How to Make Peace with the Most Evil Man Alive
We're making progress through "The Artist's Way". We're up to chapter 9: Recovering a Sense of Compassion. What does any of that have to do with the Most Evil Man Alive (aka Aleister Crowley?)
I created a new oracle card for my "Bloom Where You're Planted" Oracle deck. The Daisy: Innocence and Hope, although the young lady seems a little sad, maybe a little lost. Perhaps she is on the verge of shedding that innocence and learning that hope is not always well founded or possible.
Aleister Crowley lost his at the age of 10 when his father died. It changed everything for him and shattered the development of a young gifted boy and altered the course of his life. I've always found Crowley to be a very problematic figure, but somehow I always circle back to him. What is the fascination? I recently picked up a biography on him and began to work my way through it. A lot of it I already knew.
He was misogynistic. He discarded children and wives with very little apparent concern. He considered himself a far more talented poet than Yeats. He possessed a great deal of faith in his own powers and gifts.
I've stumbled through bits of his books without understanding any of it. I'm familiar with his cavalier treatment of people that loved him and devoted time to him. He seemed always to walk away with very little regard or concern.
Many years ago, I bought his Thoth Tarot deck. It was my second deck and the first one that I bought for myself. I love the imagery and the symbolism but I've never been able to do a reading from the deck that didn't feel antagonistic. It's almost as if the cards resent my distaste for their creator. I always draw the worst cards in the worst order when I try to read from the Thoth deck, but I've held on to it through the years. It sits untouched in it's box, unhandled and rather unloved.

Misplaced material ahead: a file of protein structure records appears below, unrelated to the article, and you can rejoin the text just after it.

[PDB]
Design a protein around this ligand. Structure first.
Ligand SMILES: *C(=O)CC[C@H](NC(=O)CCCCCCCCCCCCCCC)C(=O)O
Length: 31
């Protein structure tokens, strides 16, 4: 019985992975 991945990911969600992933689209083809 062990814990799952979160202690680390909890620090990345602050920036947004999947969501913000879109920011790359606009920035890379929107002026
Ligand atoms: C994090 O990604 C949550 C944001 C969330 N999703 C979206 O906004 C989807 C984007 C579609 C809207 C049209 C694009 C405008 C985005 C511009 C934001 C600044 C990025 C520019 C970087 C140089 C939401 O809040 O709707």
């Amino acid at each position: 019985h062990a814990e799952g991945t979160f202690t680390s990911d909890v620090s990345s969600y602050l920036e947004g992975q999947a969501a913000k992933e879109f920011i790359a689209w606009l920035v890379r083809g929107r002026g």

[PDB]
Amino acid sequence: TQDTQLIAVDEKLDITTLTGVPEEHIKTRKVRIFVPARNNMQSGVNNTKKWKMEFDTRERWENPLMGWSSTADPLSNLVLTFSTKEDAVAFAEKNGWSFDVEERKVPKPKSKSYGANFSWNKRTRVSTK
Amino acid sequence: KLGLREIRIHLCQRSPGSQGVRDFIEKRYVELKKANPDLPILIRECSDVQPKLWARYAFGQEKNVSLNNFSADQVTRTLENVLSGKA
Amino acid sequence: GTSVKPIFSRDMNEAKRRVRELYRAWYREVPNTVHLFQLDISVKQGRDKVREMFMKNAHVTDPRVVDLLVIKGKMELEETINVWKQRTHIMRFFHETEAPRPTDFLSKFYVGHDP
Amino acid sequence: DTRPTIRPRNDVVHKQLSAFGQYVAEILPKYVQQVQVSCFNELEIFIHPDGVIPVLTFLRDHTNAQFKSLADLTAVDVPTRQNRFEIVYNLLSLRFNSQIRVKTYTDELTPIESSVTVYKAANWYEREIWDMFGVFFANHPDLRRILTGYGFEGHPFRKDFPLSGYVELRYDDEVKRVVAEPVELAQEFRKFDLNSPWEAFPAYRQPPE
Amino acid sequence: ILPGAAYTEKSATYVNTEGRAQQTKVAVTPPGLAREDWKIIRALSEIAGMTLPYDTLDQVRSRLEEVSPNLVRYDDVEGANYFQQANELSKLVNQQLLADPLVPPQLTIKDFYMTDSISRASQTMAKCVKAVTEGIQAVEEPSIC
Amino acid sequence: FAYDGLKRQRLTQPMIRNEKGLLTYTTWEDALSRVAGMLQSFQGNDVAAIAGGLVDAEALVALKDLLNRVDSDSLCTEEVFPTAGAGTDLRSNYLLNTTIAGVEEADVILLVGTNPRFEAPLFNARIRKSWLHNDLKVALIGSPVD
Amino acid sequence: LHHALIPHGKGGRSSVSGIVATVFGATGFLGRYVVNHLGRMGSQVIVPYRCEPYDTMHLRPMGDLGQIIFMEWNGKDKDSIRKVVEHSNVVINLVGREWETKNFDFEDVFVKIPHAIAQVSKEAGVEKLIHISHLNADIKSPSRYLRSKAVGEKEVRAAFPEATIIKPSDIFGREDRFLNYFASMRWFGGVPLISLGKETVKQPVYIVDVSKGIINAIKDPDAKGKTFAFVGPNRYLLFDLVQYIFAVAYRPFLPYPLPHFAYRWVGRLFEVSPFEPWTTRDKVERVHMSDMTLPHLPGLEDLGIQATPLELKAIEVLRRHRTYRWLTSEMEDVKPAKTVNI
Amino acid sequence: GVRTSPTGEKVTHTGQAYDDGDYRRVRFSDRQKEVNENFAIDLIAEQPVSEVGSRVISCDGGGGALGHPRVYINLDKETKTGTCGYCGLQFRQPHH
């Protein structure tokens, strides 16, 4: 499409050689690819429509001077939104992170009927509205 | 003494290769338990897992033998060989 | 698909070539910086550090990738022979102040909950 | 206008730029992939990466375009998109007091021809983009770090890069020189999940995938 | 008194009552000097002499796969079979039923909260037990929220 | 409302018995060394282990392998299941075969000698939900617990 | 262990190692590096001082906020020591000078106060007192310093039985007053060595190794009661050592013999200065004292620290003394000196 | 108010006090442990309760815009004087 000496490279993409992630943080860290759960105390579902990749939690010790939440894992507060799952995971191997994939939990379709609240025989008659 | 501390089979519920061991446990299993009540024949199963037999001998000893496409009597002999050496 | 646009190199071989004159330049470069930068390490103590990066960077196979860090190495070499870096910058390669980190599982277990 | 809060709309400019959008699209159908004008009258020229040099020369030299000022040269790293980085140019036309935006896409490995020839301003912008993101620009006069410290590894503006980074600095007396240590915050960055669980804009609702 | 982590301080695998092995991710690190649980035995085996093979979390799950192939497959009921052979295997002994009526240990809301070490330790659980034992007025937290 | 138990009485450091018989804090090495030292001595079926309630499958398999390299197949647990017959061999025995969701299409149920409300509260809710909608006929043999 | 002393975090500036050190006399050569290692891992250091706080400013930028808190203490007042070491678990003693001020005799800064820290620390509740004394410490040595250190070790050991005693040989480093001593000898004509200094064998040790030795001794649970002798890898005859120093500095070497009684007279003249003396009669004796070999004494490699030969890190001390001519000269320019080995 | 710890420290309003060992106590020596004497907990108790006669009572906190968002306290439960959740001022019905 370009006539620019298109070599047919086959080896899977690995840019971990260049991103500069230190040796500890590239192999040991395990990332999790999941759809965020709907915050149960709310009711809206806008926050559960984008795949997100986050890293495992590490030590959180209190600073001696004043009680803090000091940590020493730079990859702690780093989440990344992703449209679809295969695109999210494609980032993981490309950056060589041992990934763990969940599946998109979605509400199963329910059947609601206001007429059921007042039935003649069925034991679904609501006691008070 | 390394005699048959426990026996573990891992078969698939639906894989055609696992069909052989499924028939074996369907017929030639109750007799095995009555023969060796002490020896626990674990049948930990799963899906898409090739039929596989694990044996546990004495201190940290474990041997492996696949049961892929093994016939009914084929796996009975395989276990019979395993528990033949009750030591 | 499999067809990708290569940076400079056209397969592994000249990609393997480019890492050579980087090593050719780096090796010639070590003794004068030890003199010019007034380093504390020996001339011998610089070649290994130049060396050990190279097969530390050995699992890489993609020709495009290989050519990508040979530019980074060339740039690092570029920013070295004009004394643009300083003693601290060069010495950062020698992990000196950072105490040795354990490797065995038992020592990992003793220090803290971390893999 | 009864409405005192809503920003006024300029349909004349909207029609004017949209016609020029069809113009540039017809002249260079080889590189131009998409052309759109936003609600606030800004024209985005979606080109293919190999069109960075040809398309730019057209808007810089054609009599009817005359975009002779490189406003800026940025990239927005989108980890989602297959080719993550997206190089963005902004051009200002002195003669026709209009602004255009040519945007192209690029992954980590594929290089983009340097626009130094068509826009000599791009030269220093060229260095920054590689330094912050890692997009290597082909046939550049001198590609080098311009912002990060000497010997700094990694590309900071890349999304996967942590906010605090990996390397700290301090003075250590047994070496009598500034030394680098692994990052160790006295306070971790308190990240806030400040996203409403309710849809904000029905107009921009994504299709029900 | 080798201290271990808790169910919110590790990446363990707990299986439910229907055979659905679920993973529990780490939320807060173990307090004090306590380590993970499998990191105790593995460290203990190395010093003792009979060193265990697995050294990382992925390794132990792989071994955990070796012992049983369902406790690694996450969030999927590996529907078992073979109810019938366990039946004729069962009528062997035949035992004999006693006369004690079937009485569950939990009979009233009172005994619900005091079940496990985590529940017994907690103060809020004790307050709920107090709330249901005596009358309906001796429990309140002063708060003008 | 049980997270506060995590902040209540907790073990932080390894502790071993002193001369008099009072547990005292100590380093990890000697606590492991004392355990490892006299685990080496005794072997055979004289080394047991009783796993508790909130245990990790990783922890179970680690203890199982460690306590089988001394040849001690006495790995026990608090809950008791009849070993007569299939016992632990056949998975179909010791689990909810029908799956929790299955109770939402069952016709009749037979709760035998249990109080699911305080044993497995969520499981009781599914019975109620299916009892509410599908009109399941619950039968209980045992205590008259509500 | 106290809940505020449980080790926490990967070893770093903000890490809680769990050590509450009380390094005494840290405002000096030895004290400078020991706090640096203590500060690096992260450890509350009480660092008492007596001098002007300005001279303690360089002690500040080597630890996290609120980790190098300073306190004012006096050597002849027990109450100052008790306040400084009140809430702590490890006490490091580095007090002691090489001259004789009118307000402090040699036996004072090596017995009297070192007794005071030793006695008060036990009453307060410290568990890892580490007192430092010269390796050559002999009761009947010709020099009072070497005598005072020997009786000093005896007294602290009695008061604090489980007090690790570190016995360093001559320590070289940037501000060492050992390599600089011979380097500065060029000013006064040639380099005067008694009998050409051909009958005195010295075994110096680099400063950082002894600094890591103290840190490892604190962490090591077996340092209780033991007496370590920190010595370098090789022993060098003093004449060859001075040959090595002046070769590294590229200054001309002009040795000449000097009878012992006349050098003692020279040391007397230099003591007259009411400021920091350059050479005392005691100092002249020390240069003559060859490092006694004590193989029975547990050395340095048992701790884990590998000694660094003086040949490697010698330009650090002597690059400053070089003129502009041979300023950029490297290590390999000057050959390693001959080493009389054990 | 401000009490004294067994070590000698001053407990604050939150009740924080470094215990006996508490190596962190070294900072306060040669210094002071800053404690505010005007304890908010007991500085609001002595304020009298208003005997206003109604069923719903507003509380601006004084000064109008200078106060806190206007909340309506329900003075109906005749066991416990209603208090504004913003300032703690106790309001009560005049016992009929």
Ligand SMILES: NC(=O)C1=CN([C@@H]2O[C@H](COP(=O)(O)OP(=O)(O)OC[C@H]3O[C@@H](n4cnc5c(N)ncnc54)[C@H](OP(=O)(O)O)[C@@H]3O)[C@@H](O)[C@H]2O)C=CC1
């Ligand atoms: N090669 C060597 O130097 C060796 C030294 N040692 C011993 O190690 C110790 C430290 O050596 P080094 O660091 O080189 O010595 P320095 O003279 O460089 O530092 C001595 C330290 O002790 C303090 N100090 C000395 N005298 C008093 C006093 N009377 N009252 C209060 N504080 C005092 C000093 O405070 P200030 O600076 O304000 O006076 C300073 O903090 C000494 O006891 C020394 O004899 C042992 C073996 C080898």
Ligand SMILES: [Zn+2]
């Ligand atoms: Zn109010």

I picked up an in-depth biography of Aleister Crowley a couple of months ago, determined to work through my conflicted emotions for this man and somehow make peace with his shade and build a better relationship with my deck. At the back of my mind, I knew it was a little odd that I felt so determined to work through these feelings.
Then, epiphany time. My father became very ill a few months ago. My relationship with my father has always been very problematic. We've never had a good relationship and I knew that a good relationship was truly not even possible. Too much pain. Too much trauma.
Within a few weeks, my father transitioned beyond my ability to even think of connecting with him, but really, I know that such a moment wasn't possible. Not for us. Not with the past that we shared and with the man that he was. Ever since his death, I've been struggling with his shadow, with difficult memories, with very conflicted feelings. I don't know that I can make peace with this part of my past.
I'd picked up the book on Aleister Crowley and had been using it as a substitute for my relationship with my own father. Perhaps if I could make peace with the "Most Evil Man Alive", then somehow I would be able to make peace with my own father. The "Most Evil Man Alive" felt somehow more approachable and more likely.
"The Artist's Way" urges us toward compassion for others and, more crucially, compassion for ourselves. I'm working on it. I'm sifting through the pain and memories a little at a time.
I'm also working through the 600 page Crowley biography a little at a time. Maybe, eventually, I can make peace with Crowley's shade and finally work with the Thoth Tarot. And, perhaps, just perhaps, I can truly come to a place of compassion for the man that was my father and lay to rest my own ghosts by putting his to rest as well.
Love yourself. Practice self compassion and work towards compassion for others, even those that make it ever so difficult.
I love you all.